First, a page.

neurodissent, a neurodivergent theory circle

I am excited to announce a new project: neurodissent, an online community of neurodivergent scholars theorizing against neuronormativity.

I invite neurodivergent scholars to join the new neurodissent theory circle. I use the phrase “theory circle” as a nod to the work of critical education scholar Paulo Freire, who used “cultural circles” as a form of liberatory literacy education. Neurodissent theory circle participants will read a curated set of essays and write to other neurodivergent scholars about topics that concern our experiences and struggles. Together, we will read and craft neurodivergent theory that speaks back to neuronormativity.

The group will begin in May 2022, reading a curated set of open access scholarly essays and discussing them together. Our discussion will take place through our Google Groups listserv as well as through any other channels members choose.

Our opening topic will focus on the question “Who are WE to theorize neurodivergence and the neuronormative world?” I have chosen a set of open access scholarly essays intended to help us think about how we might, as neurodivergent scholars, elucidate aspects of the social or political world for ourselves and others. The set essays I have selected are listed here in the order we will discuss them:

  1. A Critical Realist Approach on Autism: Ontological and Epistemological Implications for Knowledge Production in Autism Research By Marianthi Kourthi
  2. Toward Epistemic Justice: A Critically Reflexive Examination of ‘Sanism’ and Implications for Knowledge Generation By Stephanie LeBlanc & Elizabeth Anne Kinsella
  3. Constituting “Lived Experience” Discourses in Mental Health: The Ethics of Racialized Identification/Representation and the Erasure of Intergeneration Colonial Violence by Ameil J. Joseph
  4. Binary Boys: Autism, Aspie Supremacy and Post/Humanist Normativity by Anna N. de Hooge

For each, I will pose a set of questions or prompts in our Google Group, inviting all members to respond to them in writing, or whatever other form they prefer to communicate through. (Members are invited and encouraged, not required or expected, to read and respond.)

In using the phrase “neurodivergent scholars”, I don’t wish to impose barriers related to type of neurological difference or of formal education / social class.

No fancy degrees are required for participation. I use the term “scholar” to point to people who deeply value learning and literacy. Experience with academic literacy will be advantageous because we will explore texts that are written for academic or scholarly audiences, but I hope that, through our collective efforts, we will make the texts and ideas in them accessible and useful for each other. One of those efforts will be our group’s use of the app Hypothesis, which will enable us to create a jointly annotated version of the texts we read.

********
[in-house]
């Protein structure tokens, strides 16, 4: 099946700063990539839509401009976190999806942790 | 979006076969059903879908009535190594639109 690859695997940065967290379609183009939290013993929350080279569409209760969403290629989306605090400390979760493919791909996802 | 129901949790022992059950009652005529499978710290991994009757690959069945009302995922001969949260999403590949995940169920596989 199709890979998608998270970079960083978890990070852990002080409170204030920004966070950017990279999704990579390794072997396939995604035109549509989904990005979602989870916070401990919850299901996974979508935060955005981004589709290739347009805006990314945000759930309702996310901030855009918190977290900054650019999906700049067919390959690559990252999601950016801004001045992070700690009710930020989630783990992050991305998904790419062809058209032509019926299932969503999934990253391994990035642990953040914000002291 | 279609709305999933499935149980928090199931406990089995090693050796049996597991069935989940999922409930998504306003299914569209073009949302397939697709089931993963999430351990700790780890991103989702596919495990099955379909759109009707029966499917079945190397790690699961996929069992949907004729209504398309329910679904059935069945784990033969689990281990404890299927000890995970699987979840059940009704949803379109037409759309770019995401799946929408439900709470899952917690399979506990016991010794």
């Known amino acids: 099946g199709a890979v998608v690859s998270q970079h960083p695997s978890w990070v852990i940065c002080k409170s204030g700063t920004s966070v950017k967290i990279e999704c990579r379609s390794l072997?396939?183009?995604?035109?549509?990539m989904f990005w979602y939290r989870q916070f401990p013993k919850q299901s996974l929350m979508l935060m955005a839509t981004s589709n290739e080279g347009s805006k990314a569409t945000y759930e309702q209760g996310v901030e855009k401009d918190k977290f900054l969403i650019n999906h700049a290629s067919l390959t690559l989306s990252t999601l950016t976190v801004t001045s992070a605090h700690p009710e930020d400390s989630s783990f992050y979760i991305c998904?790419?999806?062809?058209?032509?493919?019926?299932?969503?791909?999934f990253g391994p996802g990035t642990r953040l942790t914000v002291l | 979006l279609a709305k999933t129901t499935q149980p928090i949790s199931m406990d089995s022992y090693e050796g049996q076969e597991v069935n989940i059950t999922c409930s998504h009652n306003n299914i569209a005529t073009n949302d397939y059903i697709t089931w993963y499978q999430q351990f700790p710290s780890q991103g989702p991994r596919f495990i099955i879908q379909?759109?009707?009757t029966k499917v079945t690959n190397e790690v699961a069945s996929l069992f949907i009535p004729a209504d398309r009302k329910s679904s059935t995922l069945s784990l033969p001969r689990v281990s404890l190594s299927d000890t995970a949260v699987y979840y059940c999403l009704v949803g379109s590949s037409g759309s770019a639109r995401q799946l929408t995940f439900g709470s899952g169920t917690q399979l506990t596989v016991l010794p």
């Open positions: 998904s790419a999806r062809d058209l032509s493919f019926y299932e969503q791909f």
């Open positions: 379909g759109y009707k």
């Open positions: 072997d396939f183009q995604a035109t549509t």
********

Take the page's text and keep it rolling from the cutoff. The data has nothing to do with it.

In addition, I embrace an inclusive definition of “neurodivergent”, reflecting the intentions of the term’s originator neurodivergent activist and scholar Kassiane Asasumasu. Nick Walker, also a neurodivergent activist and scholar, has written a handy explanation of terms like “neurodiversity” and “neurodivergent“. She writes:

Neurodivergent is quite a broad term. Neurodivergence (the state of being neurodivergent) can be largely or entirely genetic and innate, or it can be largely or entirely produced by brain-altering experience, or some combination of the two. Autism and dyslexia are examples of innate forms of neurodivergence, while alterations in brain functioning caused by such things as trauma, long-term meditation practice, or heavy usage of psychedelic drugs are examples of forms of neurodivergence produced through experience.

Even though many of the group’s readings focus on particular diagnoses (especially autism), I hope that our discussions will still be relevant to neurodivergent people who do not see themselves in those labels. In addition, I affirm self-diagnosis as a valid way of knowing that one is neurodivergent.

If you’re excited to read some complex but rewarding scholarship and discuss it with other neurodivergent scholars, then I invite you to join the neurodissent theory circle. Following this link will take you to our Google Groups page, where you should click “Ask to join group”. (You can simply write that you are a neurodivergent scholar who wants to join).

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